CHICAGO - The Chicago industrial real estate market, which includes Northwest Indiana, is achieving more success than it has in a decade.
The Chicago metro area had 18 million square feet of industrial development last year, the best in eight years. And the absorption rate, which is how fast rentable space is filled, is the best it's been in the last 10 years, according to an industrial panel at the recent Real Estate Publishing Group Commercial Real Estate Forecast in Chicago's Loop.
"Over the last 12 to 24 months, Chicago has really outperformed what the national perception of Chicago is," said Matt Goode with Venture One Real Estate, which partners with national institutional investors. "The coasts, L.A., New Jersey, Miami get a lot of attention, and certainly there’s a lot of activity in those markets. But Chicago's performing very well – a lot of leasing and rental rate growth."
Venture One has purchased about a million square feet of industrial and distribution space in Northwest Indiana because of its logistical and cost advantages, Goode said.
"There are financial benefits to crossing the border," he said. "So we're seeing opportunity in that market."
Overall the market has benefited from Amazon and other online retailers. A trend is to have warehouses where some light assembly, such as painting a phone case, takes place since so many orders are customized. Slightly more than 90 percent of sales the last holiday season were at brick-and-mortar stores, but e-commerce fulfillment centers have seen major growth.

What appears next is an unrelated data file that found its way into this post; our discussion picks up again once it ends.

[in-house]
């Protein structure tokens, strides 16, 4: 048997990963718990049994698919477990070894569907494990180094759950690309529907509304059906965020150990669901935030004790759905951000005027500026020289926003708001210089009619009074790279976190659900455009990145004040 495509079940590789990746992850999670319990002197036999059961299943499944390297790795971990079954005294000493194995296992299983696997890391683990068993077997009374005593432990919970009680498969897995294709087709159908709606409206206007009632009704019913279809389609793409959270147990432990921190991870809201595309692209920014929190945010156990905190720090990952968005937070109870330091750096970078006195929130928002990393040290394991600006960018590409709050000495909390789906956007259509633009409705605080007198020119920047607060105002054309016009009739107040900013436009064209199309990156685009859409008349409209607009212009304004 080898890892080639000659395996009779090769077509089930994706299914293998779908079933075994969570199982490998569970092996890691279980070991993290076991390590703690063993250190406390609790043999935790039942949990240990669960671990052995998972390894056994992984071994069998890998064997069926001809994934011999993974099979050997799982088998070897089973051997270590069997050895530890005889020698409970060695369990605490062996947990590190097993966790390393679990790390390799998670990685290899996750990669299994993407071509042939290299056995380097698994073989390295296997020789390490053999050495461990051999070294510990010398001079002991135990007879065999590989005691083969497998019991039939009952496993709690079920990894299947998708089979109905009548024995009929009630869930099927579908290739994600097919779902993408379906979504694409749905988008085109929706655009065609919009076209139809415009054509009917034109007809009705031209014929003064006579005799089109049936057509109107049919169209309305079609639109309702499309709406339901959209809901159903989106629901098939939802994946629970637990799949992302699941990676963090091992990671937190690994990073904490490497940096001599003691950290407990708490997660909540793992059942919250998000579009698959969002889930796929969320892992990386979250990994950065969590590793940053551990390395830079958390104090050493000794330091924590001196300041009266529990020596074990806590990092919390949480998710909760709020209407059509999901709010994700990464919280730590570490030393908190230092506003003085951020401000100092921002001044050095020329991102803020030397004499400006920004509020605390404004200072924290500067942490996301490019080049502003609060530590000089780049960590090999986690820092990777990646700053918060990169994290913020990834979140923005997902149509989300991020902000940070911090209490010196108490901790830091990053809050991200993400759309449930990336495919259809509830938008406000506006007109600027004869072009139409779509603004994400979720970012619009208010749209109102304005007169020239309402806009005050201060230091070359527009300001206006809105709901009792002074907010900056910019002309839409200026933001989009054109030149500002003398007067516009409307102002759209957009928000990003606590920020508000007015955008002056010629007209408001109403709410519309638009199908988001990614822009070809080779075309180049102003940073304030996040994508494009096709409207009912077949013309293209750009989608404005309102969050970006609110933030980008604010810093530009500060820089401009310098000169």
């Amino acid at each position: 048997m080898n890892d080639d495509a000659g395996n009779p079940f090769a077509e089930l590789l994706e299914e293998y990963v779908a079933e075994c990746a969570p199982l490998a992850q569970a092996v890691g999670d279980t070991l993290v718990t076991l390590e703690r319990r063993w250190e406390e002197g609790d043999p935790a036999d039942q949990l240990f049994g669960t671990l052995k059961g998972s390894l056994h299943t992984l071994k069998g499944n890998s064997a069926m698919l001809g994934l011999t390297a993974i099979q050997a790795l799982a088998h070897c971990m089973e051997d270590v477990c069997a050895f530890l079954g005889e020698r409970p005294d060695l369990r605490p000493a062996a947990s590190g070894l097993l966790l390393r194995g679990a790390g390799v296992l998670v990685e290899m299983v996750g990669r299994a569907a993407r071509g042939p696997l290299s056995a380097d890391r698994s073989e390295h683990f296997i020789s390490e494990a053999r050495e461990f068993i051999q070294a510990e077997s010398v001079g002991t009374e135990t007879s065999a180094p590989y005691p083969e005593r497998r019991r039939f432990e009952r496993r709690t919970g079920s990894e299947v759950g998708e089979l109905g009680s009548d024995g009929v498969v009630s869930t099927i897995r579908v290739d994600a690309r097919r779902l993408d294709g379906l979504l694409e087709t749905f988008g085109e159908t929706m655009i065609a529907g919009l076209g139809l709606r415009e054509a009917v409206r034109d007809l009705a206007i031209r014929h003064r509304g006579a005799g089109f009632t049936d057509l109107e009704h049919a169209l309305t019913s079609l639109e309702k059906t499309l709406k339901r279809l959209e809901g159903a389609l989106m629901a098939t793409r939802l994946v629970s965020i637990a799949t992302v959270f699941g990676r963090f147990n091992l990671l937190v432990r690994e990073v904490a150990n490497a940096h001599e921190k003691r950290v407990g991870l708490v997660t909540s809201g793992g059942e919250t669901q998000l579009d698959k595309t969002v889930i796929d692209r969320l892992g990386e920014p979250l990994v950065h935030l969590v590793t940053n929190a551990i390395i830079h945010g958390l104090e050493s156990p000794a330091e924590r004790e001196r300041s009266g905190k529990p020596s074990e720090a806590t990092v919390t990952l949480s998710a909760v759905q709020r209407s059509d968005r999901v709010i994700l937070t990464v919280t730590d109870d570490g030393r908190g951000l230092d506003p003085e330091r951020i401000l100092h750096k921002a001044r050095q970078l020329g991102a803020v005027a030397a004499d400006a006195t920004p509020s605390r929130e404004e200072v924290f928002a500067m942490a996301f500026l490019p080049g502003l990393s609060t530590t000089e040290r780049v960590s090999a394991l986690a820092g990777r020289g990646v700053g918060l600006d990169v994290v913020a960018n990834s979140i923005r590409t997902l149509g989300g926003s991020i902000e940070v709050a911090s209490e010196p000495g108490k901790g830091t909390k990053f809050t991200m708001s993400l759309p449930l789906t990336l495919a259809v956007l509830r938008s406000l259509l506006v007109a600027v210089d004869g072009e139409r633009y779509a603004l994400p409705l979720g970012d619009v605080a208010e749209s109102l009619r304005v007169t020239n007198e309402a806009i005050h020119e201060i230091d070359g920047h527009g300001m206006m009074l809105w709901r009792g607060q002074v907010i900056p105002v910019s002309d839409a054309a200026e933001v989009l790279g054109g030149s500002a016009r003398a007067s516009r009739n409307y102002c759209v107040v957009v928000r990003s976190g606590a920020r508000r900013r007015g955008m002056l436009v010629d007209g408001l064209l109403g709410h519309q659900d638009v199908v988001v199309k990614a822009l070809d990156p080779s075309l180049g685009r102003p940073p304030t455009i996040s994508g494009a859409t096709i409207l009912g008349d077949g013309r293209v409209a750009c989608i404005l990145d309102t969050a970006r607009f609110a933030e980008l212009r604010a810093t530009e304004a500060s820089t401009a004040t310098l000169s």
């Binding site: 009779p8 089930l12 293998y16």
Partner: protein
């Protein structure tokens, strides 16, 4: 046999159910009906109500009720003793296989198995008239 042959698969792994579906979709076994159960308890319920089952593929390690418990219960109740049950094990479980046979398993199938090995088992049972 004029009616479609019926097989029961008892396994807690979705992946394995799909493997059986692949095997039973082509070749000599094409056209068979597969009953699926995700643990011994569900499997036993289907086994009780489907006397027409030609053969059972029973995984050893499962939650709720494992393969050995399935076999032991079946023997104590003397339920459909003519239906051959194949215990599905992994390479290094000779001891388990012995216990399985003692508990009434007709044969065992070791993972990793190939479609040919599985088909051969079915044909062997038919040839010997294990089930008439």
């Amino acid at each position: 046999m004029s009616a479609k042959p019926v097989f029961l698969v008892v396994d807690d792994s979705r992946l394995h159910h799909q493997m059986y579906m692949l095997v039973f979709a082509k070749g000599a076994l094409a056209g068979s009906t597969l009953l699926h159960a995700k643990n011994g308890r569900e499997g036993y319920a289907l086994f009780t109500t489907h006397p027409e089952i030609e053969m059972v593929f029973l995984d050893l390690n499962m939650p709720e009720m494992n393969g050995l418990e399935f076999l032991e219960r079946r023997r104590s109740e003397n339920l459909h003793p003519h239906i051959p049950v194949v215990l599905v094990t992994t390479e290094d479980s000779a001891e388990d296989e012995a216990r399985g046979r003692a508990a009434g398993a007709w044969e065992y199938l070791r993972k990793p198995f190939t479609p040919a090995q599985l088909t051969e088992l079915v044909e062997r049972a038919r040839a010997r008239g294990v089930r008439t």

Manufacturing is still strong in the Northwest Indiana and Southeast Wisconsin parts of the Chicagoland metro, said Brian Quigley, executive vice president with Conor Commercial Real Estate, which works with national institutional investors.
"We look at what drives a market," he said. "In Indiana and Wisconsin, it's manufacturing. They're the No. 1 and No. 2 states in the nation in terms of manufacturing as a percentage of the workforce. A lot of manufacturing is going on in Northwest Indiana and Southeast Wisconsin. In Northwest Indiana, it's very commodities-driven: You've got paper, you've got oil and you’ve got steel."
But those are low-growth, low-margin businesses that don't necessarily need modern buildings or equipment, Quigley said. They're often content with 25-year-old buildings, so low-cost real estate providers win.
That doesn't mean there is not new industrial space going up or being planned in Northwest Indiana.
Becknell Industrial, of Indianapolis, began construction on a 160,000-square-foot industrial shell building in Hobart's NorthWind Crossings last summer. The building is now nearly complete and already has a major tenant leasing a good portion of the building.
A knock on the greater Chicago market has been that rental rate growth is laggard because there’s endless land and it's easy to keep building further and further out, Goode said. But refill and redevelopment projects, such as Hoist Liftruck’s decision to take over a century-old tank factory in East Chicago, have been catching on.
The Northwest Indiana submarket is particularly attractive because Illinois’s financial problems have become national news.
"If you look at Indiana, if you’re employing a lot of people and you look at Indiana versus Illinois, frankly you're going to get a better deal in Indiana, on a couple of different levels," Goode said. "Your property taxes are going to be lower. There will be better incentives. The more people you have the better it's going to get."
But Northwest Indiana and Southeast Wisconsin will suffer in the long term if Illinois does, since Chicago is the economic engine that drives the area, Goode said.
"Illinois has to be strong," he said. "We have everything – logistically, labor, the cost of living are all there. It's just a matter of getting the state in order."
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